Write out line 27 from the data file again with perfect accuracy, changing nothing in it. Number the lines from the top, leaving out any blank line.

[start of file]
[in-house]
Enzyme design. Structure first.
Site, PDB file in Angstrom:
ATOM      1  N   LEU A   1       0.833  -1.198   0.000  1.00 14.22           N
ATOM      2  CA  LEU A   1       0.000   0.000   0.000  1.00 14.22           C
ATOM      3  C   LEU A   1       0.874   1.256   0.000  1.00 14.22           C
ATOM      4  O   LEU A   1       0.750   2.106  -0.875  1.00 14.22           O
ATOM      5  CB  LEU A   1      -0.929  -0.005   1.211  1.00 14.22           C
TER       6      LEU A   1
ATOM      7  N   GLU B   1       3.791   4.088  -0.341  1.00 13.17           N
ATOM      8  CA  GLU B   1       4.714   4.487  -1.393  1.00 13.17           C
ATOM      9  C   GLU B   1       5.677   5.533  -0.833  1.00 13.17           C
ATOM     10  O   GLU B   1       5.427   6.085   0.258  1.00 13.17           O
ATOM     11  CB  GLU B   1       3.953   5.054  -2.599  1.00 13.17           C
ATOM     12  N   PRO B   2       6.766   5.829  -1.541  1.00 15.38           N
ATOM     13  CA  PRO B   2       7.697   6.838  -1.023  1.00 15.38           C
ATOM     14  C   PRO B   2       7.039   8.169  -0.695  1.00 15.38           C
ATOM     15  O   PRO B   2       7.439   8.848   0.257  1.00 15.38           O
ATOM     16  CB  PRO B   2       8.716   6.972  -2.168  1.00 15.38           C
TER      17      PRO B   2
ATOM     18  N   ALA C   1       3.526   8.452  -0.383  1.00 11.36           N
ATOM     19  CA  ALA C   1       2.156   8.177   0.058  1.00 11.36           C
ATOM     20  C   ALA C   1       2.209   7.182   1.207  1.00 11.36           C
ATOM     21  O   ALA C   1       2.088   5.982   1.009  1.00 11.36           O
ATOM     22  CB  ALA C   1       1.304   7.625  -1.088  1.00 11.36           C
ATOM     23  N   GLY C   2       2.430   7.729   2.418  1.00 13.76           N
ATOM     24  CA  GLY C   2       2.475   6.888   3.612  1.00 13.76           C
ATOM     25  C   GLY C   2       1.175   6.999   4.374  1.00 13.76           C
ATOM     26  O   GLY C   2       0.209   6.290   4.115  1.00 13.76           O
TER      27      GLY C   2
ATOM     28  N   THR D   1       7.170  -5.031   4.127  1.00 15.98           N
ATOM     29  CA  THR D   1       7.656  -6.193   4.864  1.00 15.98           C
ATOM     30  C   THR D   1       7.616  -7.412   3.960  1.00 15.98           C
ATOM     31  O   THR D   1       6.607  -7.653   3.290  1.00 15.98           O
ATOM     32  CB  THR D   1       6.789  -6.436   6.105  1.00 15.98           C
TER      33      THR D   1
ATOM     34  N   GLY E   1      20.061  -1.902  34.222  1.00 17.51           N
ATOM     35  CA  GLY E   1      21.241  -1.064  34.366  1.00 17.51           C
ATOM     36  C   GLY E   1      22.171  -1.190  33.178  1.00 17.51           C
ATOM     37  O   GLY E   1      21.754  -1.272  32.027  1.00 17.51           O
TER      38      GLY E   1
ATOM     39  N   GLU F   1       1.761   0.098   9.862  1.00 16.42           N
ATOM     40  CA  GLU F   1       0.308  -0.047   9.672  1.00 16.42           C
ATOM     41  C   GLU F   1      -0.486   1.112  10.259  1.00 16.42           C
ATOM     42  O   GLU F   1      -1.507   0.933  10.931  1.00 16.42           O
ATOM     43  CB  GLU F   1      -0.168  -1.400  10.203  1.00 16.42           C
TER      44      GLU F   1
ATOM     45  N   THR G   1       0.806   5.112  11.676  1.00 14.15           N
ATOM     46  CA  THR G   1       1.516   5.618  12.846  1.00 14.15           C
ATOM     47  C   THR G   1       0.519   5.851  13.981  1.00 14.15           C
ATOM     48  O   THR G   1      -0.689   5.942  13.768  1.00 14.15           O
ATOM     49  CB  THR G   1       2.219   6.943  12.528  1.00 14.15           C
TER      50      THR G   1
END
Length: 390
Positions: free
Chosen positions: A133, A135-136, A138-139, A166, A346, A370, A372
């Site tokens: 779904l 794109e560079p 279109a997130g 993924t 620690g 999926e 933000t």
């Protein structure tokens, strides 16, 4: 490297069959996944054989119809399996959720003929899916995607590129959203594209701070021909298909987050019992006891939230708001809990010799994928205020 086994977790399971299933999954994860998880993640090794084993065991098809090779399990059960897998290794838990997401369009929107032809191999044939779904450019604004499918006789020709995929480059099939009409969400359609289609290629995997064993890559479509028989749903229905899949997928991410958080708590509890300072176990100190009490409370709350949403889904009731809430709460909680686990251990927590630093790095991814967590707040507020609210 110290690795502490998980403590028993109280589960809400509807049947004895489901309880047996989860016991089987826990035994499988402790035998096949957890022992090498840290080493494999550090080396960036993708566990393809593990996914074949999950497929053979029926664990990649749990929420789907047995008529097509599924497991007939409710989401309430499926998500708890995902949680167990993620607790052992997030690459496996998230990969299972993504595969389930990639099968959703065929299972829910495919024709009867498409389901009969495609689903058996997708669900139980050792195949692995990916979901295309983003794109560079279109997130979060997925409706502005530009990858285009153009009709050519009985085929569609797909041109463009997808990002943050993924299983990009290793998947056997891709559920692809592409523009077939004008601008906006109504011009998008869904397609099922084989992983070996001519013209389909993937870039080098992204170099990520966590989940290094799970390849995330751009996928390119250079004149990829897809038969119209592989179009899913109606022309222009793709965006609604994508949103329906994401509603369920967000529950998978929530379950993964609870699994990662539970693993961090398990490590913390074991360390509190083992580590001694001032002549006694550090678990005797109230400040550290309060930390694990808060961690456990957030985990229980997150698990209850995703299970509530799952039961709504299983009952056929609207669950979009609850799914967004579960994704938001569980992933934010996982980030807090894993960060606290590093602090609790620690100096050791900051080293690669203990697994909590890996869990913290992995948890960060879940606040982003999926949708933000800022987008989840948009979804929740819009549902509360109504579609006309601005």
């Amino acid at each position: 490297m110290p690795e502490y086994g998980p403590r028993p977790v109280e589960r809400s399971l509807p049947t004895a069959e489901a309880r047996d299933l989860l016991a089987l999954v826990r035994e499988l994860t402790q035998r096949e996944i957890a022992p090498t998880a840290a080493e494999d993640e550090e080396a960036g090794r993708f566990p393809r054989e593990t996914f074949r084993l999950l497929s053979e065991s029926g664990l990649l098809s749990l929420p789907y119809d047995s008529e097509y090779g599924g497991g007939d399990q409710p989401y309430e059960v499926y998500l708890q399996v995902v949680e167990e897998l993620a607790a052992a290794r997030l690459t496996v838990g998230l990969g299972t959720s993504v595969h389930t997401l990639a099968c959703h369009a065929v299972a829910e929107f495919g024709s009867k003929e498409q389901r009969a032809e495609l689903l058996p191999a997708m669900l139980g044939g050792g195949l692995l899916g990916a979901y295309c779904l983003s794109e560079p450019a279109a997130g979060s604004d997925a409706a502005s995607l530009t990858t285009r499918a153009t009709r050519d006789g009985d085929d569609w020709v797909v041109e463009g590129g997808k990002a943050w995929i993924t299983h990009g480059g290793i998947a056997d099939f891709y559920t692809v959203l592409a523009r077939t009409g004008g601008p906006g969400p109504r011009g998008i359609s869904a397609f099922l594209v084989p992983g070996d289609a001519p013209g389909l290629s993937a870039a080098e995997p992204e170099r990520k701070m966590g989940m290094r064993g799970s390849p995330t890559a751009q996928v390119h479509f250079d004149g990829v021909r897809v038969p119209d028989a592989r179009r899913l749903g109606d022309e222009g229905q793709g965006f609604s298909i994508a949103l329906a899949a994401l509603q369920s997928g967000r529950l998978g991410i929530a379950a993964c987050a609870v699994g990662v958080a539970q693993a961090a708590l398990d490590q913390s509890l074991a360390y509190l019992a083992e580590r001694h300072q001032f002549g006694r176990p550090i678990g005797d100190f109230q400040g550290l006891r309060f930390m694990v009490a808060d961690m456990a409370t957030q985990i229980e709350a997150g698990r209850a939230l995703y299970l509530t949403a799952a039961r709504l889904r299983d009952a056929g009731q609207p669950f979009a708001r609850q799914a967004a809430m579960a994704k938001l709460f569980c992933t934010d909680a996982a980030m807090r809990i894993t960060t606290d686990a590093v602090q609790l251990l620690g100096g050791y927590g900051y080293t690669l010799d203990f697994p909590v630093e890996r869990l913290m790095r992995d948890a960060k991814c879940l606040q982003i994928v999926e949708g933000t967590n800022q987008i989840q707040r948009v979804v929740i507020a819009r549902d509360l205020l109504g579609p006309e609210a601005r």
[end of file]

ATOM     24  CA  GLY C   2       2.475   6.888   3.612  1.00 13.76           C